President Trump doesn’t get to be graded on a curve. The Texas visit was a complete failure. No mention of the victims. No empathy for the survivors. More silly asides about crowd size and cable-TV fame. Once again, Trump proved that he will always be the “I” of the storm. Houston and Texas deserved better remarks from their president. So I wrote them myself.
This is not like any other storm we’ve ever seen. Not in Houston. Not in Texas. Not anywhere in America. No storm has ever dropped this much rainfall this quickly. The weather service had to create a new color for their precipitation maps because none of the existing shades matched the deluge that poured over Houston, drowning homes and turning streets to rivers.
Within the first few hours after Harvey made landfall, we had already run out of superlatives. We quickly realized that words were no match for what hundreds of millions of us were seeing in photos and on our television screens, what millions of you were seeing with your own eyes, and what thousands of you were experiencing as the waters rose.
We mourn the loss of life. We empathize with those who were forced to leave their houses behind, with no idea what they’d find when the waters recede and they get to return home.
We will never forget what we’ve seen during the last few days in Houston. That’s true for the rain, the flooding, the damage, and the worst of the storm. But it’s also true for the other things we’ve seen this week.
We won’t forget the sleepless first responders who have saved thousands of lives, and are still out there right now, going house to house, to make sure no one is left behind. We won’t forget the father who used a pick-axe to make a hole in his roof to help his family escape an attic that would soon be swallowed by the flood. We won’t forget the mother who jumped from her stranded pickup truck, and with her baby in one arm, somehow summoned the strength to swim through the swift current until they both made it to the safety of a rescue helicopter. We won’t forget the high school counselor in a kayak rescuing his students and their families, or the doctor who, in a borrowed canoe, rowed himself to a hospital in time to perform a scheduled surgery. We won’t forget the parents, chest-deep in the water, with children on their shoulders and pets in their arms, determined to fight the tide and make it to safety.
We won’t forget the thousands of ordinary citizens who heard their fellow Americans call for help… And they answered, traveling across neighborhood, city, and even state lines, with their boats, kayaks, and rafts to save the lives of countless strangers.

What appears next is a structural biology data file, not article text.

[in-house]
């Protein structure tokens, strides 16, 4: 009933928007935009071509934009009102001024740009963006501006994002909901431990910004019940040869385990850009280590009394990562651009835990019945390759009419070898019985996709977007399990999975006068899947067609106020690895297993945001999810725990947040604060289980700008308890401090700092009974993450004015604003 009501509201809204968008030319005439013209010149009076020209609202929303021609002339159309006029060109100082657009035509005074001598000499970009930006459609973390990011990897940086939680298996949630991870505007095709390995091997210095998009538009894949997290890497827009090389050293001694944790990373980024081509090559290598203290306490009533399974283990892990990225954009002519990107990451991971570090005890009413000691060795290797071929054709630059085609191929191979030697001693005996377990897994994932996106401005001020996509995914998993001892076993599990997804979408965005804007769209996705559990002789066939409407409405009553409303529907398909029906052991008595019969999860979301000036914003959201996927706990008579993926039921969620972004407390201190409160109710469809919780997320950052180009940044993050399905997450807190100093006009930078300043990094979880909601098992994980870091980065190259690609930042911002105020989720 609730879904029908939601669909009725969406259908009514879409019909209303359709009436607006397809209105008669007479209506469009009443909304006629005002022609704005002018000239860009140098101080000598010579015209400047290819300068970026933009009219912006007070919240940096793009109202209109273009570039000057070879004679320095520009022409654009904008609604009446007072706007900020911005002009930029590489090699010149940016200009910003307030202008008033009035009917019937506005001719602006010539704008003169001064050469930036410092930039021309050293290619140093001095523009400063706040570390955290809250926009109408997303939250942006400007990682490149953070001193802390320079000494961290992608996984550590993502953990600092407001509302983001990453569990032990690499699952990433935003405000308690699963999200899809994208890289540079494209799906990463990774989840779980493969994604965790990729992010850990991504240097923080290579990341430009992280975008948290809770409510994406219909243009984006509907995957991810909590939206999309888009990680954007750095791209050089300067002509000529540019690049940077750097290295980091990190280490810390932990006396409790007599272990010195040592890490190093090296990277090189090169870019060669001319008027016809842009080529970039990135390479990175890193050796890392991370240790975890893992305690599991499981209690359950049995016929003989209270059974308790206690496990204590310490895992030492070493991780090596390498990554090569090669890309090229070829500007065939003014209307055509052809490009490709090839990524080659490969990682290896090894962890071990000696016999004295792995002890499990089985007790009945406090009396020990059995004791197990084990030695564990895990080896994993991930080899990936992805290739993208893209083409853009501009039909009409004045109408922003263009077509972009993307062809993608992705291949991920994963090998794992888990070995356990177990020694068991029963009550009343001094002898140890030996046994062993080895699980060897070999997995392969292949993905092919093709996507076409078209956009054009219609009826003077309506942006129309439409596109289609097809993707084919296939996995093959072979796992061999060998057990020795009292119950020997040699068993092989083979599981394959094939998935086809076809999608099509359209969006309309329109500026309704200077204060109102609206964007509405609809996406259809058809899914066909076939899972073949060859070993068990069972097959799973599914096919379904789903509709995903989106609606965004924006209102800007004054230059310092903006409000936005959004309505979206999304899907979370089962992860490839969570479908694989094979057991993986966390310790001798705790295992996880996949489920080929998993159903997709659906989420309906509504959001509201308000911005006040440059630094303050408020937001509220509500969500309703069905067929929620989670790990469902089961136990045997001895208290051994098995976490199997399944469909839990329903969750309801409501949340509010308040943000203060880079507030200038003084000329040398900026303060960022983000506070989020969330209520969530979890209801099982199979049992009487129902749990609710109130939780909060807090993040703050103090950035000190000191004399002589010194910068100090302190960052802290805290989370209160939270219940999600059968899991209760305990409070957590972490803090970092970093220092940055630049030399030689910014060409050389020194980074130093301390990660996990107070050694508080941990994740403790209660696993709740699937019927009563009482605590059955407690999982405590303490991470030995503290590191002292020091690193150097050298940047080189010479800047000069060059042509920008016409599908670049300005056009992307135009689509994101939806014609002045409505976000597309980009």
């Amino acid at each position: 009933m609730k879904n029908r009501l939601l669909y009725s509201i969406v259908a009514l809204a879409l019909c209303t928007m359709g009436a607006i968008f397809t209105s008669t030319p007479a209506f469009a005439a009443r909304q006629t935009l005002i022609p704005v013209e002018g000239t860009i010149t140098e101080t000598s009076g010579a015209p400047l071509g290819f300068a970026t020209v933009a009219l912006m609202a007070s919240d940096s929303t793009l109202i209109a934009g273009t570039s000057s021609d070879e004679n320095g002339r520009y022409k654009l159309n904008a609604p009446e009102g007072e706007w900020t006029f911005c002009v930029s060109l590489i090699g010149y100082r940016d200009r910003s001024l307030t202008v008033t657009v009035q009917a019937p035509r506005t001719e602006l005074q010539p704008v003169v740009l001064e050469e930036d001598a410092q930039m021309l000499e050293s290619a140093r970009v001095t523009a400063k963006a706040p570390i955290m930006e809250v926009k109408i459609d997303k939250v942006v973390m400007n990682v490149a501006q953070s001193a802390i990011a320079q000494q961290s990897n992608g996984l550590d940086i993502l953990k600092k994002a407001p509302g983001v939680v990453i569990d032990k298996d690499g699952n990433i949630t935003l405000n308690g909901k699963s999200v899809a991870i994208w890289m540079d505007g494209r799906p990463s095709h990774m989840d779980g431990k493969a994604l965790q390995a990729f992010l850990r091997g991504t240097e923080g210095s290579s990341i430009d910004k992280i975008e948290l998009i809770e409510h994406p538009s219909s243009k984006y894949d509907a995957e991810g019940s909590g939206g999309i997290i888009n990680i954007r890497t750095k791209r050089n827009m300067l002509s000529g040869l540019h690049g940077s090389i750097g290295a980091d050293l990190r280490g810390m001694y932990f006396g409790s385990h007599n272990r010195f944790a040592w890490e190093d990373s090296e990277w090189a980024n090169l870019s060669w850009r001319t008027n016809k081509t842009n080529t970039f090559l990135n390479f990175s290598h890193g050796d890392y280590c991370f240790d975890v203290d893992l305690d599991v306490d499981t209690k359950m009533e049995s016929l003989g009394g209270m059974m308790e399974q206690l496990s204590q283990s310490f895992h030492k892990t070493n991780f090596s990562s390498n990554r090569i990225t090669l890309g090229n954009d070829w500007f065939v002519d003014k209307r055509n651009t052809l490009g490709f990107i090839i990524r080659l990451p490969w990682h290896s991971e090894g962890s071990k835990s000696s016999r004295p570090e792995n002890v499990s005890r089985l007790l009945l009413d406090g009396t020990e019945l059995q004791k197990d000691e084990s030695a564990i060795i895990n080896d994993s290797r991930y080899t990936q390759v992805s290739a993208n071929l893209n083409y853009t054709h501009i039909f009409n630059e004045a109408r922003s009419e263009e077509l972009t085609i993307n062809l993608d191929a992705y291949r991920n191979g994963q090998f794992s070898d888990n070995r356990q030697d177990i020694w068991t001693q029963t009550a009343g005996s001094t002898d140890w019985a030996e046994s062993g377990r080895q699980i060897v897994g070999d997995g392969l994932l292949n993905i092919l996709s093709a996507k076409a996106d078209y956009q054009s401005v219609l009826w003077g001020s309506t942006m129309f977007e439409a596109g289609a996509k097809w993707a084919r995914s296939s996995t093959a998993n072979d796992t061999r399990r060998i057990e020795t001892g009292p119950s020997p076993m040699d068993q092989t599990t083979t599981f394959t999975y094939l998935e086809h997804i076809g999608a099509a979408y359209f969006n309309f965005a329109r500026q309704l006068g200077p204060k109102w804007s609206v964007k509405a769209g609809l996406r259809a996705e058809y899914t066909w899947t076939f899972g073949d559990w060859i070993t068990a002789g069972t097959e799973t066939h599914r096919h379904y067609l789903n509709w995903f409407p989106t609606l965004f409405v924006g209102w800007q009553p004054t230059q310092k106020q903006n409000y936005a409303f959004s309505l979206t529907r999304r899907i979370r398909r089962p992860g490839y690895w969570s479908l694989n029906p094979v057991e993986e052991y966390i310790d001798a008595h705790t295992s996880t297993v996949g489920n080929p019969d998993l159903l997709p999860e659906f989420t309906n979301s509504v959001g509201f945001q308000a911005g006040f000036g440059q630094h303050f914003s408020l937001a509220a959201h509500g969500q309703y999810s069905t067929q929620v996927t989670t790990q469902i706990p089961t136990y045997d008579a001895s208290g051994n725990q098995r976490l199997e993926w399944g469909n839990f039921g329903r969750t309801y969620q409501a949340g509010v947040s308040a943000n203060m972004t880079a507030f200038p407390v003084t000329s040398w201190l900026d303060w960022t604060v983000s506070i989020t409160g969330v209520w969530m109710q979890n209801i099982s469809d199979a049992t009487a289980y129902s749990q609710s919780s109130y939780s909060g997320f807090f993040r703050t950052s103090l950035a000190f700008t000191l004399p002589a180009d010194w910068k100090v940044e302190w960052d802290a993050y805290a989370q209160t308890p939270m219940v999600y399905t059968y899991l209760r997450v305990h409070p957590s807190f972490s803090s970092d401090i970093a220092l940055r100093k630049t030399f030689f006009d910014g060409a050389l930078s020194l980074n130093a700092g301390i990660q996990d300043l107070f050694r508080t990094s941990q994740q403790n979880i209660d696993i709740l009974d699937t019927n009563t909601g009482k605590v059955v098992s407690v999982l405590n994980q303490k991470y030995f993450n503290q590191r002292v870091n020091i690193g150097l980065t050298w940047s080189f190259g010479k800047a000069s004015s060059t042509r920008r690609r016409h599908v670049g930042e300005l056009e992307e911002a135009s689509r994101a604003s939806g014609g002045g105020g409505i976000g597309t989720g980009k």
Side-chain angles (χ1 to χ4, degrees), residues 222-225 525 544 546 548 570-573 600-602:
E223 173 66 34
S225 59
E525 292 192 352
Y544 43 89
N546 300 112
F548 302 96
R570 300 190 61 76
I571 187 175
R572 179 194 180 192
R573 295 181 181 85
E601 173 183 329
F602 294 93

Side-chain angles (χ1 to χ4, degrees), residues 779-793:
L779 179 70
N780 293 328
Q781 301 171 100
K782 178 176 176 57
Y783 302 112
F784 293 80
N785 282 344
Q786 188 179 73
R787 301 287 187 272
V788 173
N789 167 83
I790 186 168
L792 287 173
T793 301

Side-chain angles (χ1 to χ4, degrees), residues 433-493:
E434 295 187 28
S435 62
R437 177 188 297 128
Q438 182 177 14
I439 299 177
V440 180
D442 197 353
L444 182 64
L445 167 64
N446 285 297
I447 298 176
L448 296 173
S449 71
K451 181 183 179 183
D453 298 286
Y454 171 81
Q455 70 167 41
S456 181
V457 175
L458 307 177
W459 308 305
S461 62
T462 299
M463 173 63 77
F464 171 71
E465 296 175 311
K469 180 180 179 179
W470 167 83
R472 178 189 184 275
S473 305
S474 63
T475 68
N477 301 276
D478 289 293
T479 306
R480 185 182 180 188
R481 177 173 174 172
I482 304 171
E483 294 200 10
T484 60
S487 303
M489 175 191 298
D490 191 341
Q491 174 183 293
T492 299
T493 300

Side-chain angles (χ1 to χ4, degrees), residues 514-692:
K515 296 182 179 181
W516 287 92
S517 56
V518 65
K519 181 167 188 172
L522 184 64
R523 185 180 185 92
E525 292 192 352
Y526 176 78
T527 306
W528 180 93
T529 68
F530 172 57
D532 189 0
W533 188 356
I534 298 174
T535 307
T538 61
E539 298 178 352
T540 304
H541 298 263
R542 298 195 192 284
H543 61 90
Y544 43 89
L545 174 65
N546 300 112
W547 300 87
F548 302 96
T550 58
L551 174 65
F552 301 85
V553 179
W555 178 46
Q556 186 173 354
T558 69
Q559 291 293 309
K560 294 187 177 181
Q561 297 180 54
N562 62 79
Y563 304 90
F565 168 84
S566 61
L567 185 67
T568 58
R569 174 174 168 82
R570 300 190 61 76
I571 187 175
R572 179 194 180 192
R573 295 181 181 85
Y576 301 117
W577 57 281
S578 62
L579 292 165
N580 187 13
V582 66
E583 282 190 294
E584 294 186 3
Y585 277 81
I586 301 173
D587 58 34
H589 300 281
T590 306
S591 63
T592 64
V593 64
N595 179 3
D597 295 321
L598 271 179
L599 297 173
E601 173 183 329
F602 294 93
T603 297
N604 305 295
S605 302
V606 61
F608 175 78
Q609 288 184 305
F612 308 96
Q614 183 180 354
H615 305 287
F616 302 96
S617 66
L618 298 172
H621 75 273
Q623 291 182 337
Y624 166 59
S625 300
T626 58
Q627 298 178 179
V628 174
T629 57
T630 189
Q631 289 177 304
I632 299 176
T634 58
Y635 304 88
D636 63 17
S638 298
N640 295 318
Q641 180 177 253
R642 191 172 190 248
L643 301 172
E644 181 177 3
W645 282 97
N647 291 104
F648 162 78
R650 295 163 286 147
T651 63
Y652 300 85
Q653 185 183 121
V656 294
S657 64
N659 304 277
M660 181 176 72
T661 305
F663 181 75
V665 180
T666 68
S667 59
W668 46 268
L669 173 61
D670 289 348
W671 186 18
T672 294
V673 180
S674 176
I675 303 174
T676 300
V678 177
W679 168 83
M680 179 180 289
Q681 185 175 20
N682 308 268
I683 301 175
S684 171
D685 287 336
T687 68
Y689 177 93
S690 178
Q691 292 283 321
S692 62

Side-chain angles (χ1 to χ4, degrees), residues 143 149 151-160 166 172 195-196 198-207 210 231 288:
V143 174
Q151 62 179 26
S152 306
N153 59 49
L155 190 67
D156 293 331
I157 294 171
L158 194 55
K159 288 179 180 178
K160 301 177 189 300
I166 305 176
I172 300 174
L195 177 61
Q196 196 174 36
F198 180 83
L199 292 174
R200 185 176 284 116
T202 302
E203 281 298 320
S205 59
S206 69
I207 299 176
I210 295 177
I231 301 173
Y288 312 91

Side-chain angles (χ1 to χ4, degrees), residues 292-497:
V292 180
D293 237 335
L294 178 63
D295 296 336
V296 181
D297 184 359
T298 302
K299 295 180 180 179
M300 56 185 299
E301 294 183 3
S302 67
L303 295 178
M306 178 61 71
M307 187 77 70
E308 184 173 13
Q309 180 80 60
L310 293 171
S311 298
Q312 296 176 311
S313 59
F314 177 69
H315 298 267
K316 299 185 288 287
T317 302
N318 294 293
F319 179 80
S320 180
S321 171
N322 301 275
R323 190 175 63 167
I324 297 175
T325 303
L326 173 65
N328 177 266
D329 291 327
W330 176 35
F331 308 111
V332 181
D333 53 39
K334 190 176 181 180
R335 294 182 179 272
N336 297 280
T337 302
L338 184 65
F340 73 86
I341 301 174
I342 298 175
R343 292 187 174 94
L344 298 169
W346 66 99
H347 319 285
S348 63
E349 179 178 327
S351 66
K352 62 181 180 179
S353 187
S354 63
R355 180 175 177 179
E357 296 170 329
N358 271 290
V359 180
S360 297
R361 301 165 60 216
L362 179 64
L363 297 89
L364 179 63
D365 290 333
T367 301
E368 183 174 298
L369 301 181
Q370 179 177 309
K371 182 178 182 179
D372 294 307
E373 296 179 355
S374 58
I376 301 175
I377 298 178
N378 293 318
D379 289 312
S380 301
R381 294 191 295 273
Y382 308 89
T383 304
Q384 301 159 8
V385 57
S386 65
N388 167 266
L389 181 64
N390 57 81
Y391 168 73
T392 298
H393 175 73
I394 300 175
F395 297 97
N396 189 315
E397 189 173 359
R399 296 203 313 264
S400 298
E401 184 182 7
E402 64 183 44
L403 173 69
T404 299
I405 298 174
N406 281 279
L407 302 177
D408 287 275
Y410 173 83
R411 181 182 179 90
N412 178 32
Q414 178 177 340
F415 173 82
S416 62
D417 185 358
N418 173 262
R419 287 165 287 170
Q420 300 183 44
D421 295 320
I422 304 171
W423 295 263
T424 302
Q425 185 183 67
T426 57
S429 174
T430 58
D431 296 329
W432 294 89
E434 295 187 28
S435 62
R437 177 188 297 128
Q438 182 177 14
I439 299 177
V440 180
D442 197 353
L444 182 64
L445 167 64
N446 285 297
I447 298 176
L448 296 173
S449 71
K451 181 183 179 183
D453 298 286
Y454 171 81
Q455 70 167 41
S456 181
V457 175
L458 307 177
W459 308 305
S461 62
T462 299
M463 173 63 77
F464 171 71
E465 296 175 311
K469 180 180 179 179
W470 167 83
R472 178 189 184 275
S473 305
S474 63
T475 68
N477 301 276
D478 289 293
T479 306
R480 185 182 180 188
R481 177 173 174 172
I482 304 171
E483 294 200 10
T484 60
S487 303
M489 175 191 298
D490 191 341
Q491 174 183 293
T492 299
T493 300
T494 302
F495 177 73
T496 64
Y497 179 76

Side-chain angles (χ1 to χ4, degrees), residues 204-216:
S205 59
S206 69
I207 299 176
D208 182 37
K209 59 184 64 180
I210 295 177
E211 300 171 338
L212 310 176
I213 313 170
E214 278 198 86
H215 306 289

When Jordy Bloodsworth was twelve years-old, he survived Katrina. Now he’s part of a group that calls themselves the Cajun Navy. They know what it means to experience an event like Harvey. And they know how much it means when people come to help. So they packed up their rescue gear and came from New Orleans to Houston. Jordy explained, “I was young during Katrina and I know how it feels to lose everything. So being able to help others going through this situation that I have experienced, there’s no way — no way — I could pass up helping.”
A metalworker named John Brown brought his 16-foot fishing boat to Houston to take part in the rescue and he described the efforts of the thousands who joined him: “I think it’s beautiful, everybody coming together to do this.”
I think John Brown is right.
This storm isn’t over. Make no mistake, the recovery will be long and difficult. And, yes, we’ve seen the ugliness of nature’s wrath. But we’ve also seen the beauty of the American spirit and the power of the Texan community.
For the last few sleepless days, Houston’s own Ray Driver has been driving his boat in and out of neighborhoods to pick up his neighbors who faced life-threatening conditions. When asked about his heroic acts, he shook off the praise, and plainly said: “I’m no hero, it’s what we do.”
I’m here to assure you that your local, state, and federal government officials will be here to do what we do.
We’ve been humbled by the damage we’ve seen here. But more importantly, we’ve been inspired by your determination, spirit, and sheer humanity that gives us complete confidence that Houston will rebuild. Melania and I will return to Washington tonight, but we won’t forget what we’ve seen. The Federal government will help provide shelter from the storm, and we’ll still be here, once the waters pull back and the headlines subside, to provide funds and other resources as your communities rebuild.
The waters can wash away drywall, shingles, and material goods. But it can’t wash away the compassion and tenacity we’ve seen here in Texas. The road ahead is long and the challenges will be many, but by locking arms together — like John Brown, Jordy Bloodsworth, and Ray Driver have done — we can form a human ark that will lift us above the tide and guide us out of the storm and into the light of a new dawn.